Sogflation - flooded corn field - GettyImages-BanksPhotos

What is ‘sogflation’ and how is it threatening food supply chains? GettyImages/BanksPhotos

How is heavy rainfall and flooding impacting food prices?

The impact of heavy rainfall and flooding on farmers and their produce has inevitably impacted the cost of the commodities they produce, pushing prices up.

Commodities such as butter​ have risen in price in recent years, with heavy rainfall and flooding cited as one of the primary reasons.

More recently, the UK has seen the price of potatoes rise as a result of rain damage to harvests during the 2023/24 growing season.

“The tightness in supply has been driven by weather issues throughout the harvest period with heavy rainfall leading to an increase in rots and other quality issues. Further exacerbating the poor conditions was the fact that many growers had delayed crop lifting to bolster yields, following delayed plantings at the start of the season. This resulted in a higher proportion of the crop remaining in the ground when poor weather conditions began,” said Harry Campbell, commodity market data analyst at market intelligence firm Mintec.

Similarly, heavy rainfall in the Netherlands and Belgium has led to concerns over potato prices across Europe as the two countries serve as major potato suppliers to the region, behind Germany, Poland and France.

Sogflation - sheep - GettyImages-hmproudlove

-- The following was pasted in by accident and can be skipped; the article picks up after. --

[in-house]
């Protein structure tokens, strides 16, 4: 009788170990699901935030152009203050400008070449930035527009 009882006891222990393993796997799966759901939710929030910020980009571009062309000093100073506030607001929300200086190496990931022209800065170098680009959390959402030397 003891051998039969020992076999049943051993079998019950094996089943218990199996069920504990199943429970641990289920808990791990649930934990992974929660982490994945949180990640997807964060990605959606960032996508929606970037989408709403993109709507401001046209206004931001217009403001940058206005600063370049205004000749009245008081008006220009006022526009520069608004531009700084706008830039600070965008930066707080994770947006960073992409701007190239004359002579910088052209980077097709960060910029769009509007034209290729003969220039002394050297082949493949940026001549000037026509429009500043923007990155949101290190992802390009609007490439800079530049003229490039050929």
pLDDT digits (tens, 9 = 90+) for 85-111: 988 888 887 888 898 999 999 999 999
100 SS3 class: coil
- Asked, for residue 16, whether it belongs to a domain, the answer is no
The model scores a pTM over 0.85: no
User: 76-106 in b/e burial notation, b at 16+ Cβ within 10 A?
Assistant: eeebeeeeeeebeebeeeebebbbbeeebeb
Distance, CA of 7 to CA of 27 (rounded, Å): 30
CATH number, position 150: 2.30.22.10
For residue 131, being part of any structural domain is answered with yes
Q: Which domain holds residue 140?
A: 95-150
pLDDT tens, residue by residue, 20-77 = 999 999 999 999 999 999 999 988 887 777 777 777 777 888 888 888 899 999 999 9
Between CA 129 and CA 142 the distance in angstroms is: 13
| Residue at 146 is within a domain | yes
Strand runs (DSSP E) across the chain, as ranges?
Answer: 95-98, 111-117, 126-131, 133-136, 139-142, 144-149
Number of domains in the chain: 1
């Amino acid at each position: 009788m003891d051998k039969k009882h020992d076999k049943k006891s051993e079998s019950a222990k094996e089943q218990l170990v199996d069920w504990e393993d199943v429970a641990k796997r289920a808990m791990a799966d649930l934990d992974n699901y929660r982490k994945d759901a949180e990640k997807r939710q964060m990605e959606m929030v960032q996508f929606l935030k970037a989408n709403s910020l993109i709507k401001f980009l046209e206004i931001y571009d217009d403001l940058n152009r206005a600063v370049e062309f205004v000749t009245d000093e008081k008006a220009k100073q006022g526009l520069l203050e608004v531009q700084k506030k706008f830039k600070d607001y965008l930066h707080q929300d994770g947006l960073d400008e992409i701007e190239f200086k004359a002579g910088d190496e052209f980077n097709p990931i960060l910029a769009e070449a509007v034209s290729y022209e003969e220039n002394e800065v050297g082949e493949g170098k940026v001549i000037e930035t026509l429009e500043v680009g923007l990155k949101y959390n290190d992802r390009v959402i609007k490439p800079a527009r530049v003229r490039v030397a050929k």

Sogflation: What is it and what does it mean for the food industry? GettyImages/hmproudlove

What can be done to protect future food security?

As sustained heavy rainfall and flooding continue to negatively impact food production, it is becoming increasingly clear that measures need to be taken to create more resilient food systems​​ and protect future food security.

“Our new analysis shows that Europe faces urgent climate risks that are growing faster than our societal preparedness,” said Leena Ylä-Mononen, executive director of the European Environment Agency (EEA). “To ensure the resilience of our societies, European and national policymakers must act now to reduce climate risks both by rapid emission cuts and by strong adaptation policies and actions.”

What is causing these sustained and extreme weather events?

Though some weather events are anomalies, occurring rarely and resulting from unusual weather patterns, the overarching trend towards extreme weather events is attributed to climate change.

What are the primary causes of climate change?

  • Burning fossil fuels: ​The burning of fossil fuels, such as oil, gas, and coal, releases carbon dioxide into the earth’s atmosphere, causing the earth to heat up.
  • Deforestation: ​Trees take in carbon dioxide for use in photosynthesis, so the cutting down of trees removes this vital process. Additionally, the carbon dioxide, which is stored within the trees is released back into the atmosphere if the wood is burned.
  • Agriculture: ​Planting crops and rearing animals releases multiple different types of greenhouse gases, including methane from livestock and nitrous oxide from fertilisers, into the atmosphere.